comscore Mediterranean bison burger | Honolulu Star-Advertiser

Mediterranean bison burger

Burgers don’t have to pair with beer. Wine, if chosen correctly, can complement savory meat-on-bun just as well. For the bison burgers below, it’s important to pick a wine with ripe fruit flavors to play off the sweetness of the caramelized onion, and some acid to cut through the richness of the meat. These three suggestions from Spiaggia sommelier Rachael Lowe will do just fine.

Make this

Mix 1 pound ground bison, until just combined, with 8 green olives, chopped; 3 sun-dried tomato halves, chopped; 1 egg, slightly beaten; 1/2 cup breadcrumbs; and 1/4 teaspoon salt. Form into four patties; season on both sides with salt and pepper to taste. Heat 1 tablespoon canola oil in a large skillet; add patties. Cook, turning once, until browned on both sides and medium rare, 9 minutes. Meanwhile, heat 1 tablespoon canola oil in a second large skillet; add 1 red onion, cut in thin slices, and salt to taste. Cook until soft and translucent, stirring in 1 tablespoon balsamic vinegar when almost done, 8 minutes. Serve burgers on buns topped with onions. Serves 4. — Recipe by Joe Gray

Drink this

Pairings by sommelier Rachael Lowe of Spiaggia, as told to Michael Austin:

Berlucchi Cuvee ’61 Rose Brut Franciacorta, Lombardy, Italy: This wine was made in the Metodo Classico style (aka the Champagne method), using a 60/40 blend of pinot noir and chardonnay. It has notes of pomegranate and cranberry, plus a hint of florality and toast that will work well with the burger. The bracing acidity and bubbles will cut through the richness of the meat and bread, while the ripeness of the fruit will balance the savory flavors.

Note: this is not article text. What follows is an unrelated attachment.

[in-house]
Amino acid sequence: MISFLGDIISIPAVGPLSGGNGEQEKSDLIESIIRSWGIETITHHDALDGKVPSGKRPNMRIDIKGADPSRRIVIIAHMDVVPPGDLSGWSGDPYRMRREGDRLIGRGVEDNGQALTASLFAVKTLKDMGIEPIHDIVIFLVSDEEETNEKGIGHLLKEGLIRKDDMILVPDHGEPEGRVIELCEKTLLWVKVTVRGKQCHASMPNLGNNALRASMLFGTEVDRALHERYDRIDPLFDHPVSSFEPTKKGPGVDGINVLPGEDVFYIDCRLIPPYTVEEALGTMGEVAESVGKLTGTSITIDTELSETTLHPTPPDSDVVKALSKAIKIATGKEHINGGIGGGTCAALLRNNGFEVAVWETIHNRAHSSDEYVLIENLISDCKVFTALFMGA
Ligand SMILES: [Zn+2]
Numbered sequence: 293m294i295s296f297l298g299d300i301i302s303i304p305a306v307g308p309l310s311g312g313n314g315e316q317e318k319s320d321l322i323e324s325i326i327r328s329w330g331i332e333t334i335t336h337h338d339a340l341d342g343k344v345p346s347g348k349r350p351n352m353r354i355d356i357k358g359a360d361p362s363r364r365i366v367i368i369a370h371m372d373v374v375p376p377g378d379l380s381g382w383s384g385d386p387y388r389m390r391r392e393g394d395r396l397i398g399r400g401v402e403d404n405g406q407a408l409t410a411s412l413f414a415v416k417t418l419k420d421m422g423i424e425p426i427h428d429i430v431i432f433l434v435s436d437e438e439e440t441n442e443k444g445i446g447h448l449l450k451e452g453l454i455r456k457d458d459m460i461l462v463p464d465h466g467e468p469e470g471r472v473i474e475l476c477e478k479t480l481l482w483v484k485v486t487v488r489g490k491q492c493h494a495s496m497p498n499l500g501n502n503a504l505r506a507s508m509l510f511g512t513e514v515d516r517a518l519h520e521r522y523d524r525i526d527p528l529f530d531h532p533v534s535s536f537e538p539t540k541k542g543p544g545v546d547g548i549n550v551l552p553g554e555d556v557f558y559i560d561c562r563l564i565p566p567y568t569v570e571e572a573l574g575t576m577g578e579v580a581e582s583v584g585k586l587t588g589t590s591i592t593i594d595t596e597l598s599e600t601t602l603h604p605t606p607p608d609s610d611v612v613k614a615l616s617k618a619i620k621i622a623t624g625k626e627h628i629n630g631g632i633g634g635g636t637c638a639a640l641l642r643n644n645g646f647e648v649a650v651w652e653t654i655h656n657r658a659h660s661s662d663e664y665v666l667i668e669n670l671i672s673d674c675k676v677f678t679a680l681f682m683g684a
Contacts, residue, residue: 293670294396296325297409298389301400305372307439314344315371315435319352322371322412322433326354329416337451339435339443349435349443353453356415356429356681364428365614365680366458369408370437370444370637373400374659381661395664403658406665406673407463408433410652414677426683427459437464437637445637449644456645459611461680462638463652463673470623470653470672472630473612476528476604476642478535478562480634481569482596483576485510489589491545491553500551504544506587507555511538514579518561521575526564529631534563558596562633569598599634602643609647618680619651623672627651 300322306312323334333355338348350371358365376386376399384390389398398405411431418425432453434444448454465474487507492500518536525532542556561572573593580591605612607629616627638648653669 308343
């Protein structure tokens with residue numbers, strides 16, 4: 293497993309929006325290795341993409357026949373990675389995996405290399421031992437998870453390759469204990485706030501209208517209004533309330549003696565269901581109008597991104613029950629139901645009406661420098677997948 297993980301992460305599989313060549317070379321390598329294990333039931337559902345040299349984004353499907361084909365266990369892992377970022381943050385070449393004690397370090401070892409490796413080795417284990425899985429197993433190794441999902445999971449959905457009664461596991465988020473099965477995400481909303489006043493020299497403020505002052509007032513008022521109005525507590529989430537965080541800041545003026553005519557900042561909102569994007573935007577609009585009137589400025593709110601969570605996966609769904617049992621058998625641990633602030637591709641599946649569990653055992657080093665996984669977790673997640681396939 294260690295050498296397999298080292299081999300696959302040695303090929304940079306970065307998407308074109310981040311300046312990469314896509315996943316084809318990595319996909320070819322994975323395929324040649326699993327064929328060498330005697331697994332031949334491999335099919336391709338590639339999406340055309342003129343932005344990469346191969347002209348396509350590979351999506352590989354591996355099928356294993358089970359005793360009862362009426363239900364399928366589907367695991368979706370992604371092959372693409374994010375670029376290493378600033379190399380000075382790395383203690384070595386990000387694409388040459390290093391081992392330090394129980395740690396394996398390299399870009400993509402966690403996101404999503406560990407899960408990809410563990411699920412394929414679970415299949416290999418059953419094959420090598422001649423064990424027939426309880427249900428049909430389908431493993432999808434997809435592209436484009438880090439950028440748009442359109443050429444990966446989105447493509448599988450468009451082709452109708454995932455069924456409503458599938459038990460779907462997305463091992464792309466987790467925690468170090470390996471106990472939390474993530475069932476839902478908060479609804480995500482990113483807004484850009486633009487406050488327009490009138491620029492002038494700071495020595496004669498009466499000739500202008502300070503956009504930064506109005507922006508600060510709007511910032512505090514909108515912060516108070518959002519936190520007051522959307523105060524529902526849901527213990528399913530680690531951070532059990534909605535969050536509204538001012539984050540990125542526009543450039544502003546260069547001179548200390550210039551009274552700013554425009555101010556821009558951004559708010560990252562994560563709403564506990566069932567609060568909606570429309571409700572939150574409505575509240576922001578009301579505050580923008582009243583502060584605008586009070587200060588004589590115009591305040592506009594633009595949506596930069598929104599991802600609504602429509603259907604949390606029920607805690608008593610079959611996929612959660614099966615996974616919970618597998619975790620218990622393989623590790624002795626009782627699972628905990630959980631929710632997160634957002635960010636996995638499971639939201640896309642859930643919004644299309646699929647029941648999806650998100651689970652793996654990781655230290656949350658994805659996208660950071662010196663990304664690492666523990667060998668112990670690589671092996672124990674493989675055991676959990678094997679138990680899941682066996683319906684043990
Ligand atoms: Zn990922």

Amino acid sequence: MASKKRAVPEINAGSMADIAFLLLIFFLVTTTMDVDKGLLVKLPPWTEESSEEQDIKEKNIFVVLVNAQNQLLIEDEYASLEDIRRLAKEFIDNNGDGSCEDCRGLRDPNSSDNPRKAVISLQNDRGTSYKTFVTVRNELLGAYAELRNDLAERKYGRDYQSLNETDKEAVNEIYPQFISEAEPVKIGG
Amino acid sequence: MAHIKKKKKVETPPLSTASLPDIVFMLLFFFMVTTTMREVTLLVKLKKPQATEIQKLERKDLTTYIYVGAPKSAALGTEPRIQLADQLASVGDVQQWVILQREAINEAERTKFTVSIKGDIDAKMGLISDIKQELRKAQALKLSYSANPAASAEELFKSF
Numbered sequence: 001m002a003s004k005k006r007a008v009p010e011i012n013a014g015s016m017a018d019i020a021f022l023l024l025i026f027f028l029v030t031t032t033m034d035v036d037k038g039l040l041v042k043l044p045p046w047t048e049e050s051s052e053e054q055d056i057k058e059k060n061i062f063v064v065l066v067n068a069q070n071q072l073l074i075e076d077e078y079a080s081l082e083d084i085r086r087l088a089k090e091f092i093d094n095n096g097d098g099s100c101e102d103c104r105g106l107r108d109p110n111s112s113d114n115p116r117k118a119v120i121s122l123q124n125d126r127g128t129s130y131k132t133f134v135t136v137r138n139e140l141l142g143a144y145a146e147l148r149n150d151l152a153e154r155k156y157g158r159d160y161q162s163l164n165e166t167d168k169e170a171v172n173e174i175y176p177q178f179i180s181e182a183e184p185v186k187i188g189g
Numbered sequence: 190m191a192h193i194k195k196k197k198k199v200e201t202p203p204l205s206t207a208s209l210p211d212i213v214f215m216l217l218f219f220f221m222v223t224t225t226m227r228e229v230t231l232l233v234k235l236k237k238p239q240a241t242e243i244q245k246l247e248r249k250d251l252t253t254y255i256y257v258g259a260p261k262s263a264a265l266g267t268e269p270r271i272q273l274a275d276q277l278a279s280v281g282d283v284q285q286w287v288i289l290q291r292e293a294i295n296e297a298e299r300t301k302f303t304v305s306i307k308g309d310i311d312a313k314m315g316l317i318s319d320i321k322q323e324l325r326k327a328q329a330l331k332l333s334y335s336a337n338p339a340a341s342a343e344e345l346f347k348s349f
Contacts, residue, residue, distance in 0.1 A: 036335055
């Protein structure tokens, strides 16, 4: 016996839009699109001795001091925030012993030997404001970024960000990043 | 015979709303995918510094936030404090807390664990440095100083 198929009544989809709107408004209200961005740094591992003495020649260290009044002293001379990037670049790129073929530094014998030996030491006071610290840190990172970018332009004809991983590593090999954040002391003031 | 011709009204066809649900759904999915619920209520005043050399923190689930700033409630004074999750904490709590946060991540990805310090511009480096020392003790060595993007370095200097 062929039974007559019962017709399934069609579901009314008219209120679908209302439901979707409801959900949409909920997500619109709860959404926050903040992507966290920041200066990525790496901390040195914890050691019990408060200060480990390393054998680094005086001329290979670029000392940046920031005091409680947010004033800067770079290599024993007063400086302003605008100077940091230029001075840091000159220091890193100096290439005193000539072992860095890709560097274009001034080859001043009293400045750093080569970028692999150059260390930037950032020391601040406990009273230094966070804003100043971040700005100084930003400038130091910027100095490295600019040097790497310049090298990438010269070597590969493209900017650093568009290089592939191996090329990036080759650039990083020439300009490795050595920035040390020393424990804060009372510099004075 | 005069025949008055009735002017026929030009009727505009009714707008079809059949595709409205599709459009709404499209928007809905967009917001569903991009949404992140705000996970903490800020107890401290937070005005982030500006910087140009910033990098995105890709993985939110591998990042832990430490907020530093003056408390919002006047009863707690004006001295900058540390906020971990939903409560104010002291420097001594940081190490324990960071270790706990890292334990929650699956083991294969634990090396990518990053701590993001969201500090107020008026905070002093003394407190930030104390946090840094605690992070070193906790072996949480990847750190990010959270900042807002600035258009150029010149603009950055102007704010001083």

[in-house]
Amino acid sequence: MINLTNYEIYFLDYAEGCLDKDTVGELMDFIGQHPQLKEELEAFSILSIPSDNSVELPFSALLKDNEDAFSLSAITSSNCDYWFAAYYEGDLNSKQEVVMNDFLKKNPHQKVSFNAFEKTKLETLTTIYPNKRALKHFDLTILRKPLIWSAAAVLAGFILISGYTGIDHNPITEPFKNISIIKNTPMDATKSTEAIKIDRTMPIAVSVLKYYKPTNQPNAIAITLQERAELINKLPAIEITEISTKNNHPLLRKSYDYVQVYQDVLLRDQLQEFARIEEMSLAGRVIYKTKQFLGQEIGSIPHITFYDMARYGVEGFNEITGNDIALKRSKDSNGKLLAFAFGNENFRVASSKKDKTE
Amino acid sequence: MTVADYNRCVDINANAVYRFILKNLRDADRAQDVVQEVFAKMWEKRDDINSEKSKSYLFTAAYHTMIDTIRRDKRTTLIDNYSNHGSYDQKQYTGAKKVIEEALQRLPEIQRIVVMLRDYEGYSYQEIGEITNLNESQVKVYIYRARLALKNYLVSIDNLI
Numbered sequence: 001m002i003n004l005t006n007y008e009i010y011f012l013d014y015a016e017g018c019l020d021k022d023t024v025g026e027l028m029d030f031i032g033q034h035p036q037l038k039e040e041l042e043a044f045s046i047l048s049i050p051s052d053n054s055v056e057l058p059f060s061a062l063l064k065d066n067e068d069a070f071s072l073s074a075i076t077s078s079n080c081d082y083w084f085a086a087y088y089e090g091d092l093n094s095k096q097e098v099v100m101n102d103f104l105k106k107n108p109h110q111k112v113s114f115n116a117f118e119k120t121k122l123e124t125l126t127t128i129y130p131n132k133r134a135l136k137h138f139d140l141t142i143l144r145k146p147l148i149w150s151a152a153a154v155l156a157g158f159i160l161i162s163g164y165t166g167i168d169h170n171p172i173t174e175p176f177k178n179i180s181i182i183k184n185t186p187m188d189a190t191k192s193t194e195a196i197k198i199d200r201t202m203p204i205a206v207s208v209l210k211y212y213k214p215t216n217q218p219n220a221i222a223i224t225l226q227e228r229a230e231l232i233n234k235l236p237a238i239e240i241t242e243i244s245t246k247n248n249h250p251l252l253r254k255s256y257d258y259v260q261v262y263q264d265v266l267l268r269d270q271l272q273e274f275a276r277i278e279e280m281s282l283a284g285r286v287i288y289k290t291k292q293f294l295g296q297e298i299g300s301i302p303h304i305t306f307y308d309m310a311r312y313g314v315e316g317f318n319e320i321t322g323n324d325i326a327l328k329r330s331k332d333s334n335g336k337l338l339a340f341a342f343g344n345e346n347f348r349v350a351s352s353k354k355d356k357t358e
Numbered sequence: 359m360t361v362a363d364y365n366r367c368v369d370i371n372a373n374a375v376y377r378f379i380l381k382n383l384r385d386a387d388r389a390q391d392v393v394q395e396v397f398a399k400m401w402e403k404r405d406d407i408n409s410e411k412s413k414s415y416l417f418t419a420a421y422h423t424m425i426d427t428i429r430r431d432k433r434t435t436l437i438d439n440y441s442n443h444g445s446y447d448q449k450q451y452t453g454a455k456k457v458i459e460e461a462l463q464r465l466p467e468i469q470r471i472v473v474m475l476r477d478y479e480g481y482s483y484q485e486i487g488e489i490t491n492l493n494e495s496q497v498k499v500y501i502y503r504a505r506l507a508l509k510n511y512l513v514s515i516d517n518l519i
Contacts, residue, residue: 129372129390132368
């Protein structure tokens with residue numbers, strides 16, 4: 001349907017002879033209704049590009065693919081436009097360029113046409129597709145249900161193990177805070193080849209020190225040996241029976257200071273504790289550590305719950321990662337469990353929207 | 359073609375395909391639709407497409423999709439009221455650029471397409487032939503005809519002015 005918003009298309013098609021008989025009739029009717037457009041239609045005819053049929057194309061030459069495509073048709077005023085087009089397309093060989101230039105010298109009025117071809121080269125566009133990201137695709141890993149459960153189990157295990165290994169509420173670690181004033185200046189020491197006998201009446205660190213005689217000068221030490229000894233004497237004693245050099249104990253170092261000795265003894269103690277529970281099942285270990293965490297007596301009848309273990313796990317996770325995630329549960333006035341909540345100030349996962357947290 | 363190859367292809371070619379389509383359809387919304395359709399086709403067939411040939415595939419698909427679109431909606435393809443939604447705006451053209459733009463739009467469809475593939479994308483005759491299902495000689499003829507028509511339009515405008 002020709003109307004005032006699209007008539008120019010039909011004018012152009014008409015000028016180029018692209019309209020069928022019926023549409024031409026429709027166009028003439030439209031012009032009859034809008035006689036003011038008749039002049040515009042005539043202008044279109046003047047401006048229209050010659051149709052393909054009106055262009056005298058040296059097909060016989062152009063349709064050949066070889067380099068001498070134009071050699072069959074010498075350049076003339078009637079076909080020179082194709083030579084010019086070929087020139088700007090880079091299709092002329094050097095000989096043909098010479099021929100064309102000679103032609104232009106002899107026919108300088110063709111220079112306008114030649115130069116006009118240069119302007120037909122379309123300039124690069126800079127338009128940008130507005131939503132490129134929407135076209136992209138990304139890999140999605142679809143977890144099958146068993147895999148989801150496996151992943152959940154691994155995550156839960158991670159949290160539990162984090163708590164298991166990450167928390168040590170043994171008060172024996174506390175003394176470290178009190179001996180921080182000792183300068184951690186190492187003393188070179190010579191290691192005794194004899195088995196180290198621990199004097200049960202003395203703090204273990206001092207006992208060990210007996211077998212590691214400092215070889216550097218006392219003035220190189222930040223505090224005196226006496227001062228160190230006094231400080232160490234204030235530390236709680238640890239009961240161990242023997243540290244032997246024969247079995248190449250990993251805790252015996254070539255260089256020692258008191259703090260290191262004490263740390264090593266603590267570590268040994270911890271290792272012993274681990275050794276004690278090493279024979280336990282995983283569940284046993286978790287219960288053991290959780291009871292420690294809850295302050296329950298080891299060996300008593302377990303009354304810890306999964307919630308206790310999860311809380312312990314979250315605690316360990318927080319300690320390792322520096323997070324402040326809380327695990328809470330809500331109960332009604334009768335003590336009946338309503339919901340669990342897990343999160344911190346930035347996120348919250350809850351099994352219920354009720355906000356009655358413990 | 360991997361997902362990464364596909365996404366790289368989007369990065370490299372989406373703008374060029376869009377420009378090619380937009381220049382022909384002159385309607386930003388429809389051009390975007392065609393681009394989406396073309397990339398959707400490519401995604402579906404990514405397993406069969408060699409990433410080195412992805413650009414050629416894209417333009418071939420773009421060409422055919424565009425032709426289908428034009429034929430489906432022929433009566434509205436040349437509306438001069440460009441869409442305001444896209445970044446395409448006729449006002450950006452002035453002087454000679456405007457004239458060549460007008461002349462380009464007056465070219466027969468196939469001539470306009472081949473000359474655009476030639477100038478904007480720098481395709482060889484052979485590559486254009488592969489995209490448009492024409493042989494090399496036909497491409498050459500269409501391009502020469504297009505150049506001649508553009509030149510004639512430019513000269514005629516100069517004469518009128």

2011 Yves Leccia d’E Croce Patrimonio Rouge, Corsica, France: Made from grapes grown in chalk soils over schist (a metamorphic rock), this wine focuses entirely on terroir and the combination of grapes: 90 percent nielluccio (sangiovese) and 10 percent grenache. Bright red cherries, thyme, smoke and a hint of leathery minerality jump from the glass. The slight tannin and balanced acid will cut the density of the burger, while the extraction of the fruit will mirror the sweetness of the caramelized onions.

2012 Domaine La Barroche Chateauneuf du Pape, Rhone Valley, France: Predominantly grenache with a smaller amount of syrah, mourvedre and cinsault, this is a lush representation of Chateauneuf du Pape, with aromas of brambly red and black raspberry, black currant and lilac, plus a note of herbes de Provence and licorice. The Provencal element will resonate well with the green olive and tomato in the dish, as well as the gamy nature of the bison.

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